Shift to fringe: Opportunities in the peripheries
In my previous columns, I highlighted the need for more residential projects, which compelled developers to look for available land in non-core locations. As a result, other business hubs in the country’s capital region emerged, including the Ortigas East–C-5 corridor, which has become a new battlefield for interesting residential projects over the past few years.
With several integrated communities being developed within the capital region’s major business districts, property firms also responded to the demand for horizontal (house and lot, and lot only) units by launching projects in the fringes of key business districts. While we have seen a stable demand for condominium projects over the past years, some investors and end-users are still on the lookout for horizontal units especially in the Metro Manila peripheries.
Attractive payment terms, competitive mortgage rates
Colliers believes that developers can continue tapping this demand by offering attractive payment terms, highlighting potential for land value appreciation and stressing proximity to key infrastructure projects due to be completed beyond 2021.
We are now seeing low interest rates and we believe that this is one factor that keeps the residential market active despite the economic challenges. During the Asian financial crisis, interest rates reached 11 to 13 percent with mortgage rates hovering between 14 and 22 percent. But the Philippines’ financial system is now in a better position.
Rates now hover between 5 and 7 percent. That’s why it is no longer surprising to see investors awash with cash looking for properties to invest in, while some are scouting for options in the peripheries of central business districts.
And low interest rates are important in stoking demand in the residential sector, including the horizontal segment which covers house and lot, and lot only projects.
Infrastructure to buoy demand
Colliers believes that the viability of Metro Manila fringe areas for residential investments will partly hinge on the implementation of big ticket infrastructure projects, which are crucial in driving demand for and raising the viability of thriving communities.
At Colliers, we have been highlighting the importance of public projects such as roads, subways and railways in raising land and property values across the country. One example is the Ortigas East–C-5–Antipolo area which stands to benefit, either directly or peripherally, from the completion of infrastructure projects.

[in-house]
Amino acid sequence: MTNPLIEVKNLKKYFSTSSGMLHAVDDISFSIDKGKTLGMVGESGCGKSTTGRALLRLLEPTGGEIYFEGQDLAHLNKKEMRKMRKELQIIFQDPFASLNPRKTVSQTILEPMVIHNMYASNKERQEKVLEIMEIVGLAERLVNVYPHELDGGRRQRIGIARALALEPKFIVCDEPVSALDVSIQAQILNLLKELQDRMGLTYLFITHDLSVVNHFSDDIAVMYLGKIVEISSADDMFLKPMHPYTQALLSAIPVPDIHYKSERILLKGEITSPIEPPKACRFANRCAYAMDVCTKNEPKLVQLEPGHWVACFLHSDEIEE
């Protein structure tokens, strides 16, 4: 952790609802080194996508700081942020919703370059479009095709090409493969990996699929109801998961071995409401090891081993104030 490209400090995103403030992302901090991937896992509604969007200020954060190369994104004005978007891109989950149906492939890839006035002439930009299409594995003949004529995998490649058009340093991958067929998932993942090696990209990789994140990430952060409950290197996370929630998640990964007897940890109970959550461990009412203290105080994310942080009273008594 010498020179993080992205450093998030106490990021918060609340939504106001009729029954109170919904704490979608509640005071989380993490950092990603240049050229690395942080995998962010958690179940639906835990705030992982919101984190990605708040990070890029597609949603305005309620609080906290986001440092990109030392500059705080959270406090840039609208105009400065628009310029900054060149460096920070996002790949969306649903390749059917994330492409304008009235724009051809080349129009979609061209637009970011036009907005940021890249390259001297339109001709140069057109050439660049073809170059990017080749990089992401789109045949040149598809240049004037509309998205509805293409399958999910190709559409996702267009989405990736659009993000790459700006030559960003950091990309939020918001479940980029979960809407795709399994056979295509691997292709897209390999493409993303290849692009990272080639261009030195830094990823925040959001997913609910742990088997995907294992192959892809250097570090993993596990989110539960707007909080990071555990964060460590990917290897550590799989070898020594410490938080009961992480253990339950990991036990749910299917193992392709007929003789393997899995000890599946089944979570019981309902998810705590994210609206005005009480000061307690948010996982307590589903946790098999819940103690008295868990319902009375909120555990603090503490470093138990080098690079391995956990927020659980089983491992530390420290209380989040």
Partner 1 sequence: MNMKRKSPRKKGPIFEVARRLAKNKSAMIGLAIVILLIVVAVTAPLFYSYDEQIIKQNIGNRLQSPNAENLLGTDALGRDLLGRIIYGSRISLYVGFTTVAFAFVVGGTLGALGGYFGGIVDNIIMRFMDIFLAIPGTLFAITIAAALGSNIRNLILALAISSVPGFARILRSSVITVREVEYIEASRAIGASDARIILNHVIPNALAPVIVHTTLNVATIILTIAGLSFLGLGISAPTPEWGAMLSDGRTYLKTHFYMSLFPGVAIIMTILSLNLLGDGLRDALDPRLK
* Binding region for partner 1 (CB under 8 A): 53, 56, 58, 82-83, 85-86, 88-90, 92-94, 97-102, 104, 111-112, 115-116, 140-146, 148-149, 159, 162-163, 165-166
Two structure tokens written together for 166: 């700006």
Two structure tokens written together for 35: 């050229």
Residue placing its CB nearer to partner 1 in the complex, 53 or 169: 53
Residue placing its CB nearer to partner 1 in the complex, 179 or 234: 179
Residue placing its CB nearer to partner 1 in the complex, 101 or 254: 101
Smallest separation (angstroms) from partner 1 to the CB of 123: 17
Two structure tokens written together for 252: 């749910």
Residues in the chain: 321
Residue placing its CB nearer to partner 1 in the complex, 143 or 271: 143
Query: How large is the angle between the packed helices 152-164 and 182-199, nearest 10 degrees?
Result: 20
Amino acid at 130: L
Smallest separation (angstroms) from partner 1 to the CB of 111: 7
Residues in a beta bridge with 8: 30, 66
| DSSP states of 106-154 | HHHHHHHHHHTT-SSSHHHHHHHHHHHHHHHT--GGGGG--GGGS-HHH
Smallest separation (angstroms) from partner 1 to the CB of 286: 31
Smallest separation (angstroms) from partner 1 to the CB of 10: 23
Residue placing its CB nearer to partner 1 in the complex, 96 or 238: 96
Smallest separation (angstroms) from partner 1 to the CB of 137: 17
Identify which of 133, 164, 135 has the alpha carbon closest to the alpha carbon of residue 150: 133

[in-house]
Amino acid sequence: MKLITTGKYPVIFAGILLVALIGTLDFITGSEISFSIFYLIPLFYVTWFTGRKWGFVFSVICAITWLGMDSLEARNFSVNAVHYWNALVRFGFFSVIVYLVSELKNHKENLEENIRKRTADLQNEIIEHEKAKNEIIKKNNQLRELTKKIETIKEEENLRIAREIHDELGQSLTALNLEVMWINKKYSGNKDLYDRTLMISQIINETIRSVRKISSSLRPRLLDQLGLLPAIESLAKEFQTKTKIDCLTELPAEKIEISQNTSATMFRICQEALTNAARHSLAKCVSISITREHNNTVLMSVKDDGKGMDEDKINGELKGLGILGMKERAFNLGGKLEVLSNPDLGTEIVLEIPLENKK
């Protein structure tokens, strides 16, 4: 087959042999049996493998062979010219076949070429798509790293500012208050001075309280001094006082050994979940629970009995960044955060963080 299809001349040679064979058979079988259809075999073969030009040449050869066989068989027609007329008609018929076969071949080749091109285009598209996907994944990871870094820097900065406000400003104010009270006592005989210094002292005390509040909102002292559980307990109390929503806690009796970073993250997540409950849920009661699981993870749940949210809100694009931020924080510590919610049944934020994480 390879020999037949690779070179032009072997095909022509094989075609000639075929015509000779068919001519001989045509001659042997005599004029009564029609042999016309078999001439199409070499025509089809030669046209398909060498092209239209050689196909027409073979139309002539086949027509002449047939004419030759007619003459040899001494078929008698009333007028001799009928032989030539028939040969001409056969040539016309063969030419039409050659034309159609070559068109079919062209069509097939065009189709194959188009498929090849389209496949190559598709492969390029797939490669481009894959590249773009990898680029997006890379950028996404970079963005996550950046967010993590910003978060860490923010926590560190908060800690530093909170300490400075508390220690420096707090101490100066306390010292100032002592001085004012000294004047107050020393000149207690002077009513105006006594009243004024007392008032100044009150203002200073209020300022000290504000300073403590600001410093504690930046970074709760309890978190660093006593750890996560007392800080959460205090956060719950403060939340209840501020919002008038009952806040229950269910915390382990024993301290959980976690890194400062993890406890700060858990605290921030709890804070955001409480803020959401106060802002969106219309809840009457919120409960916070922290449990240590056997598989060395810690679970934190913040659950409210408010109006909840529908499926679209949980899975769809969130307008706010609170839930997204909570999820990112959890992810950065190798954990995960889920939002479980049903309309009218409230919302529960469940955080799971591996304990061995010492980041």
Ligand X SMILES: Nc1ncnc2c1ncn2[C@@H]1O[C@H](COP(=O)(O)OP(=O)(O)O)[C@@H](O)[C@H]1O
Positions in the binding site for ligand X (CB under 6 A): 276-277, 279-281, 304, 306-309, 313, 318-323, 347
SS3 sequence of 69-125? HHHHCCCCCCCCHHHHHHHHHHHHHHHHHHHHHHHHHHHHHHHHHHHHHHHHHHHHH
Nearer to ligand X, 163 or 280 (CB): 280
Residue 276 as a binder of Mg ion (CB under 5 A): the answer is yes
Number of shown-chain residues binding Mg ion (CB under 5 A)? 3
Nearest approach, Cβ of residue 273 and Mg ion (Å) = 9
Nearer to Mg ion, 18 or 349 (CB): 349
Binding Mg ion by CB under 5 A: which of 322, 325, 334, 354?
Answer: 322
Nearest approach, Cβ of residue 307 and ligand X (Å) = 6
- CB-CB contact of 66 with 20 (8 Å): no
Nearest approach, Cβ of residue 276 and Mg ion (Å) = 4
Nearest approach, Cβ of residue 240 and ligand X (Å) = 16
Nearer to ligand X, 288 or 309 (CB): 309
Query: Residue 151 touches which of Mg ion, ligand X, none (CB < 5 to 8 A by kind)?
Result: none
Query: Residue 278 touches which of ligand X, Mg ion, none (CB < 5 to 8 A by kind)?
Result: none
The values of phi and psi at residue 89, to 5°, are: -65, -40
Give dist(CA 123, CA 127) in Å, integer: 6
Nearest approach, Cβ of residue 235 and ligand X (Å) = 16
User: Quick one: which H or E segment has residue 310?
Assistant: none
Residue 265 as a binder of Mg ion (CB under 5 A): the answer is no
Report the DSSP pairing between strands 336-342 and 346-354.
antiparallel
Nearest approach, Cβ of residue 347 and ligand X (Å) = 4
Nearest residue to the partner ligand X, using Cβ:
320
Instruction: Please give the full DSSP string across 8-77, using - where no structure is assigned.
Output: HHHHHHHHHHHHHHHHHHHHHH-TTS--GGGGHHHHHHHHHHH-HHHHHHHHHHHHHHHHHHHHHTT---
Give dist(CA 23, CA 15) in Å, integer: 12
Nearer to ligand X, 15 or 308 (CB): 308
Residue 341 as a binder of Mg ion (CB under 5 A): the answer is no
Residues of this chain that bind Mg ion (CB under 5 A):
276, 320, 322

Among these public projects is the MRT-4, a P59 billion railway project that will connect Metro Manila and Rizal. The 18.4 km rail line will have 13 stations starting from N. Domingo, Quezon City, to Taytay, Rizal. Construction is set to start in 2023 and is scheduled to be operational by 2025, easing the traffic congestion along Ortigas Avenue. Once completed, the project is estimated to serve at least 220,000 passengers daily.
A P9.7 billion project and a 3.9 km extension of the existing LRT-2 system from Santolan, Pasig City to Masinag, Antipolo is the LRT-2 East extension. The project is scheduled for completion in April 2021 and is projected to improve connectivity between Rizal and Metro Manila.Another crucial project is Skyway C-6 Expressway (Southeast Metro Manila Expressway)—a 34-km expressway from Skyway/FTI to Batasan Complex in Quezon City. The project, which is targeted for completion in 2022, is expected to ease traffic congestion in Edsa, C-5, Ortigas Avenue and Extension.
Another project lined up by the government is the Pasig River Expressway (PAREx), a 19.4 km, six-lane expressway that will likely start from Radial Road 10 in Manila and end at the South East Metro Manila Expressway (C-6). This will also likely reduce travel time from Manila to Rizal to 15 minutes. PAREx provides an alternative route to the country’s business districts such as Makati, Fort Bonifacio and Ortigas.
Ripe for more developments
Overall, Colliers Philippines believes that the C-5–Pasig area is ripe for more residential projects, whether vertical or horizontal. In our view, investors and end users from Ortigas, parts of Pasig and other Eastern Metro Manila districts are likely to drive residential take up in the corridor. With increased competition, we also see developers becoming more innovative with their projects and this should benefit investors and end users.
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